For example, we did a flagship event last year, and we're going to do it again this year as well, and it’s called TestMu. The whole premise of that event was rather than selling LambdaTest at that event, we should instead build up a community, we should enable other developers and testers to come together, talk, discuss, and plan out the future (in our case, the future of testing).
This involved bringing different sets of thought leaders together, for example, from enterprises, from other tools, from open-source networks, open-source tools, and people who are working on that, along with other industry experts, and connecting them with people who are starting their journey or maybe at a mature cycle, and set up that community through one flagship event.
At the same time, we aimed to connect our partners with that community so that they could either interact better or get to learn better. And that built up that whole ecosystem whose job was not to drive sales for LambaTest, or in fact even signups for LambaTest.
The whole job was to create an ecosystem and make LambaTest part of that ecosystem so, whenever somebody talks about LambaTest, they say, “This is a company that’s helping our community out in the best way possible.”
So, it's not necessarily that you start off big by doing a big event, you can do small stuff as well. Maybe contribute to open-source repositories, and if not monetarily, maybe through your effort or other things that can help out the developers and tester communities.
One thing for us is that because we use a lot of open-source tools, we’re dependent upon a lot of things that are built by the community. Anytime we get stuck, anytime we’re facing a challenge, we go to a community, find a solution to that problem through Stack Overflow, or other types of communities.
We also go to a lot of free events and check out a lot of YouTube videos that are there, so this is a community that’s kind of helping each other out without any monetary incentive involved.
You can become part of that as well. You can do an event that enables these creators and enables this community as well, to make the life of other developers and testers easier.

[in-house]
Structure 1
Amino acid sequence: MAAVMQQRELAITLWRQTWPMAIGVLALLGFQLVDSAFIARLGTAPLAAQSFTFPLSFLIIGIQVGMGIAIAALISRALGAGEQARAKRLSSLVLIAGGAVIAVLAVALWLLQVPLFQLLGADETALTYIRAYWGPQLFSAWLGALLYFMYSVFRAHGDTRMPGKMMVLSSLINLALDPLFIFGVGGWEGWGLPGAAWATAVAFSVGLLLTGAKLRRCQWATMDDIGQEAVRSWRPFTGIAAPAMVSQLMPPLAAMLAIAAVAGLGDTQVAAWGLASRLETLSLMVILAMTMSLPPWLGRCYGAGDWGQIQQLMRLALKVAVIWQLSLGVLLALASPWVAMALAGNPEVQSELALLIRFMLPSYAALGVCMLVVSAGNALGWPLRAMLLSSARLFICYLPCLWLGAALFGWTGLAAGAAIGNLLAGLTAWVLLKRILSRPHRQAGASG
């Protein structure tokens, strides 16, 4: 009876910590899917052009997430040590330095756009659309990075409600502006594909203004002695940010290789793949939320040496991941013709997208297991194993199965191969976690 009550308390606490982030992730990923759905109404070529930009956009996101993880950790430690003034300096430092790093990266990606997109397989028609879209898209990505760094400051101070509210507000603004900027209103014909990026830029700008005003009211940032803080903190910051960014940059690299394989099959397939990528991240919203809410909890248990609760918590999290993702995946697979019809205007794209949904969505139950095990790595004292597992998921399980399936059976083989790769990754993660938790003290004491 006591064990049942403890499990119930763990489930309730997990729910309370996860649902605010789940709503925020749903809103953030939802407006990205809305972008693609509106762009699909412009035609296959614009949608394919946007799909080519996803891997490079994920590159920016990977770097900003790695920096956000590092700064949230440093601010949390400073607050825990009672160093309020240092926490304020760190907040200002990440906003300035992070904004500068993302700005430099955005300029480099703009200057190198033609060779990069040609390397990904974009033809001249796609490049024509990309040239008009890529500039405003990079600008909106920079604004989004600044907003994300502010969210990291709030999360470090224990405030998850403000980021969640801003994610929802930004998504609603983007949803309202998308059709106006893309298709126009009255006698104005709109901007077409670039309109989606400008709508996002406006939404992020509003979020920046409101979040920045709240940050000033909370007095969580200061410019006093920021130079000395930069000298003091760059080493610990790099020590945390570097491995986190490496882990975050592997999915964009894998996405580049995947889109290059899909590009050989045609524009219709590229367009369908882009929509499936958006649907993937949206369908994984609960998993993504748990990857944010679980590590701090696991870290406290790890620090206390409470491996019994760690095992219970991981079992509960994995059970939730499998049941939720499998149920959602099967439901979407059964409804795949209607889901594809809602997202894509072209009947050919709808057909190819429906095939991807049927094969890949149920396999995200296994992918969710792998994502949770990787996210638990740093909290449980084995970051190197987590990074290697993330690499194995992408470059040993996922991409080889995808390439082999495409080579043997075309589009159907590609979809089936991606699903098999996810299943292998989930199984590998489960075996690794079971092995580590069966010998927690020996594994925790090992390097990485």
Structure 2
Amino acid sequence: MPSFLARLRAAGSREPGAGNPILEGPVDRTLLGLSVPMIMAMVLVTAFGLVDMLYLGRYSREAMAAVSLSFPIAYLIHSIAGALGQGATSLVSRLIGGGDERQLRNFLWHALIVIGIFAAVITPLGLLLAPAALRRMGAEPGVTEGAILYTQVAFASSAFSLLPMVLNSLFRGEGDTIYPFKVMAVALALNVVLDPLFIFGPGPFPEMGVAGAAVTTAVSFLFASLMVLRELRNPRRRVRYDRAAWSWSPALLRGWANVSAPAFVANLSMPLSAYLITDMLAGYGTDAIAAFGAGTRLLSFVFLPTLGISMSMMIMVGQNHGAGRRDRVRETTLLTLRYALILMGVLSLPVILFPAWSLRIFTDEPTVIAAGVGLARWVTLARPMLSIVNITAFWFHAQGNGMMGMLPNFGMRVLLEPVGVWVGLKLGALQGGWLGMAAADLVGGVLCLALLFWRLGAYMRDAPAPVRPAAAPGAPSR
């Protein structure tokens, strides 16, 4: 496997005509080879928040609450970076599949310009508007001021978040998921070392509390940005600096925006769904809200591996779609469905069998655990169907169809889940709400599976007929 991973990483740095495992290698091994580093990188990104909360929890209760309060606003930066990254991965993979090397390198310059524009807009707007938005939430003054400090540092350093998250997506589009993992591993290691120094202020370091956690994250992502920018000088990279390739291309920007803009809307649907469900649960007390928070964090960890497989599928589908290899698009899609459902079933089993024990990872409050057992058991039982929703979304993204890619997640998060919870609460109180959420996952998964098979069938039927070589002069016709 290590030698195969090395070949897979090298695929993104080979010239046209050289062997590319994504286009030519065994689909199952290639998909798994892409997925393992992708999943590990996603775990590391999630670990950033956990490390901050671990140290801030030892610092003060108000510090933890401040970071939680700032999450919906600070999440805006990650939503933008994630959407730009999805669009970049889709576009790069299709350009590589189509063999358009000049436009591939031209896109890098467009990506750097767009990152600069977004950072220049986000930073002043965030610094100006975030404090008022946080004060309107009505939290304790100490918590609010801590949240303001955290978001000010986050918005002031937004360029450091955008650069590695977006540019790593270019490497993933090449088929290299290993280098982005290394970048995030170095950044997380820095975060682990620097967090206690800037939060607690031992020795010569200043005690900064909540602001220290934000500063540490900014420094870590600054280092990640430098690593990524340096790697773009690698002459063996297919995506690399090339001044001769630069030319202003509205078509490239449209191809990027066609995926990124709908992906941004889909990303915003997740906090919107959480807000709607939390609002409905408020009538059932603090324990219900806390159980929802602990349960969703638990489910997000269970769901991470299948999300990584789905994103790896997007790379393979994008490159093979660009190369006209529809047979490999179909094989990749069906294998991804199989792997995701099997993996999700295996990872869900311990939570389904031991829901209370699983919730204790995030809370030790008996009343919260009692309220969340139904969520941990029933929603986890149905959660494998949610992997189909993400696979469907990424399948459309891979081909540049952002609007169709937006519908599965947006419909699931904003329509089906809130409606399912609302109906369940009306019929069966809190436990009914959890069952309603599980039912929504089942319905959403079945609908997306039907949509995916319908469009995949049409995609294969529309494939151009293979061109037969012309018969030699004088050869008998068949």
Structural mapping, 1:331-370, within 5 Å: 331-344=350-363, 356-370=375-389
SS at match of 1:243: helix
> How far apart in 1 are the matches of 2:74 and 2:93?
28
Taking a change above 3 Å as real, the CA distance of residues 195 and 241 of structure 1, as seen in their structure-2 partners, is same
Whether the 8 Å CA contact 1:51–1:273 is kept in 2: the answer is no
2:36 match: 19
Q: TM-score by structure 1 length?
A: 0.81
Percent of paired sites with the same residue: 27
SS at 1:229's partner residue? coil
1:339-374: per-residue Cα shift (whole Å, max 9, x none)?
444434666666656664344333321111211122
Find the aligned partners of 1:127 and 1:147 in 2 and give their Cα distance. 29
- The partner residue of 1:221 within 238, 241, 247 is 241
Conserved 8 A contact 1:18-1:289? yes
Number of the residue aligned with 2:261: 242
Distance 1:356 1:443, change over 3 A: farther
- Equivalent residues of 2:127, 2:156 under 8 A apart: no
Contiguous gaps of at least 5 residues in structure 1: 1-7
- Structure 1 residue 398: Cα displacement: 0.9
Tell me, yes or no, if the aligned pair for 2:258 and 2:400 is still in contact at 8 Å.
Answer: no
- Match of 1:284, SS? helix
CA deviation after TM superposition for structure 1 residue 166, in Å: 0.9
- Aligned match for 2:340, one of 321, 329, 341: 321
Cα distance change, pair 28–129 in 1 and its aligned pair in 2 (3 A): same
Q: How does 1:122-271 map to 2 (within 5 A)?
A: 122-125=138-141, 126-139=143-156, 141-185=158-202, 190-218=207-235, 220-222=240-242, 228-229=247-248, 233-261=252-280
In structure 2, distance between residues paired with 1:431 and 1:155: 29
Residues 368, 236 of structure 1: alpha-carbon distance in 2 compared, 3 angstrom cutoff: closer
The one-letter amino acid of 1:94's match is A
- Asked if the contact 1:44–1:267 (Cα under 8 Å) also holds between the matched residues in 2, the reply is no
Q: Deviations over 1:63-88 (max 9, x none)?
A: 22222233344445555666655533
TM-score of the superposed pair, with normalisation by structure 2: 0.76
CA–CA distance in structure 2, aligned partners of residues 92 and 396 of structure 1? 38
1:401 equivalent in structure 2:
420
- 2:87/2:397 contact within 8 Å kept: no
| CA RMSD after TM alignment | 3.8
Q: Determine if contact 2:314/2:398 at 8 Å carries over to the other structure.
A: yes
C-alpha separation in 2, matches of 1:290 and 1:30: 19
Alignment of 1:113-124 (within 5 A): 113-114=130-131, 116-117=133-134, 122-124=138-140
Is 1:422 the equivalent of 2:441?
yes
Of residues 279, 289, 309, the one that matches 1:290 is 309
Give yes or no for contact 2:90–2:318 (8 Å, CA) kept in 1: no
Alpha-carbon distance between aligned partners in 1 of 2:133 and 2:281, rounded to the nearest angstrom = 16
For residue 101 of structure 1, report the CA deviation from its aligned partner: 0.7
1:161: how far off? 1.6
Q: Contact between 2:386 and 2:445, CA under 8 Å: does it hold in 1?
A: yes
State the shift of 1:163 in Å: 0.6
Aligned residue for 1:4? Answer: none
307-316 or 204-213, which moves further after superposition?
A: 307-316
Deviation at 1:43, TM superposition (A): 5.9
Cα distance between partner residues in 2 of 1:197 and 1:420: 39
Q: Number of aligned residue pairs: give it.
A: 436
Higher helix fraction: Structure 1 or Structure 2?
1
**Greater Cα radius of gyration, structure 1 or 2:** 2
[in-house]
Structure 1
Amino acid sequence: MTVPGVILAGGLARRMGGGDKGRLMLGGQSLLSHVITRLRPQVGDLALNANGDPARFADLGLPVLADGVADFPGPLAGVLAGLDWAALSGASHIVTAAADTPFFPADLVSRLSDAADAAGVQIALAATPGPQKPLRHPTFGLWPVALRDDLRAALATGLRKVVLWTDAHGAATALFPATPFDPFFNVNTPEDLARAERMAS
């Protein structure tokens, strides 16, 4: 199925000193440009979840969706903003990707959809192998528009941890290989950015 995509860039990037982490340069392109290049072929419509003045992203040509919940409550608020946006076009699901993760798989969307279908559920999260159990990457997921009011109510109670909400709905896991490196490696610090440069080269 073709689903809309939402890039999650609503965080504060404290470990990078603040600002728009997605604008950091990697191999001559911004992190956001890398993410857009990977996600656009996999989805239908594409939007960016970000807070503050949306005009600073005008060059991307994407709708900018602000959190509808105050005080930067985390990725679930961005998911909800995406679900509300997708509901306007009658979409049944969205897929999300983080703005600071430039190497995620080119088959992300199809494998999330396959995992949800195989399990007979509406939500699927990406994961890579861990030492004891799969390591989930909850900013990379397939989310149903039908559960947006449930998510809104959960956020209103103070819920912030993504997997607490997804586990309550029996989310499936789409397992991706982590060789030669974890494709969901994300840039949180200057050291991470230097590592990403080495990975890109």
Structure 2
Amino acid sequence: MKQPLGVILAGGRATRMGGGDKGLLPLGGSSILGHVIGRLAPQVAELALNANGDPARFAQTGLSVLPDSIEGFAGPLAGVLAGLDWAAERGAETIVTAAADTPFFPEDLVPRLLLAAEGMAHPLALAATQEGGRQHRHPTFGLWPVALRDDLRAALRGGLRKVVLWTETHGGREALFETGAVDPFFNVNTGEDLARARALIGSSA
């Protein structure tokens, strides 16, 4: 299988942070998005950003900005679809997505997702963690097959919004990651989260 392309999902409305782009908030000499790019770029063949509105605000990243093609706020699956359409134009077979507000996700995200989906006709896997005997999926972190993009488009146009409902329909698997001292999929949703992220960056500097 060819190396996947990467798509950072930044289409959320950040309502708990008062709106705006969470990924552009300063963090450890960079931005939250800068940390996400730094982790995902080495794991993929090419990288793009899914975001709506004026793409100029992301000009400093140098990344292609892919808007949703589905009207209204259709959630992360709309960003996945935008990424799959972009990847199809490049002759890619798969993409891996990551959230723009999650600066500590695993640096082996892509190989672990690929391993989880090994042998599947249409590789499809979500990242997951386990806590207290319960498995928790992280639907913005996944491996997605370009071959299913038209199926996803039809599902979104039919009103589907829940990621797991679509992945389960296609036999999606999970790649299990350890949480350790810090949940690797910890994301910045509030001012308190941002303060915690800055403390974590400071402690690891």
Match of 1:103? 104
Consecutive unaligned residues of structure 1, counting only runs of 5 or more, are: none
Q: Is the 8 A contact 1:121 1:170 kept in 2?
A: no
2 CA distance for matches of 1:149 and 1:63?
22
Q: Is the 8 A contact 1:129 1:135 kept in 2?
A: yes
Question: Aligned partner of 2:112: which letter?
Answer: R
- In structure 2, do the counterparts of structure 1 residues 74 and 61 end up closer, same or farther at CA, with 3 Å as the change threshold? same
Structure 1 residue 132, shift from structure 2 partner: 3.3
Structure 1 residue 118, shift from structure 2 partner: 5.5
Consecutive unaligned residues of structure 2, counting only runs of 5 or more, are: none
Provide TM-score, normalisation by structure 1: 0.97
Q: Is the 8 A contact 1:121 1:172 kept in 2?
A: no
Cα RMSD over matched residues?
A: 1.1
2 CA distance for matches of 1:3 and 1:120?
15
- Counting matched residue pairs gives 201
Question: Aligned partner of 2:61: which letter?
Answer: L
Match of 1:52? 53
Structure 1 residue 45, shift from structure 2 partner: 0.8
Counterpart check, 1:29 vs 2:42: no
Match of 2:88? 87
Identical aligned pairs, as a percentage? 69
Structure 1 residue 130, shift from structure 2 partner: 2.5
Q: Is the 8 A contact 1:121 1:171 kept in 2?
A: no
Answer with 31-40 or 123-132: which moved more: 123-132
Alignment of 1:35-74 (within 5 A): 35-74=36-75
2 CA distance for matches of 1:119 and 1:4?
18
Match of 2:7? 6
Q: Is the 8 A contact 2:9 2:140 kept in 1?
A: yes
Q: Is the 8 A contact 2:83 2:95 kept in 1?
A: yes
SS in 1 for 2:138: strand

Even though it's a very open community, sometimes siloes start to form. That means a set of people are talking in a very tight-knit community and that learning is limited to that specific place.
Maybe you can contribute in a way where you can connect the silos and bring people from different segments into a singular platform so that learning can be shared. It can cross from one silo to another silo, or in fact, just break the silo itself and reimagine the way people are interacting to build up this ecosystem. That’s been something that’s become a very interesting part of this community building.
I think one of the aspects of product growth has become a community-led growth thing. People are very focused on building up these kinds of communities from the start, sometimes at scale, but the ultimate aim has become to build up a community to help out other people in the same area in the same industry segment.
Key strategies for community enablement
If you're marketing to the developer community, focus first on the enablement part of things. Focus first on building up the ecosystem with the aim of how you can solve the challenges of this core ecosystem, and that will translate to the growth of your product as well.
Another thing I want to highlight is that you should be very receptive of feedback, and in fact, you should go above and beyond to get that feedback. Feedback from other community members is gold; it really helps you to evolve the product.
Usually, people say it’s the job of product managers or project managers to listen to the customers. But as marketers ourselves, we’re more involved with the community and we have better visibility on their pain points. So maybe we’ll have a better understanding of translating those pain points into product features.
As a marketer, it’s your job to look deep into that community, find out what challenges they’re facing, and communicate that back with your own teams that these are the problem statements and maybe we can help out. Maybe our tool can evolve in such a way that it helps out.
Be very vigilant about the feedback that you can get or you're getting about your platform.
Join our Slack community to network with marketers and developers and discuss topics like PLG and beyond.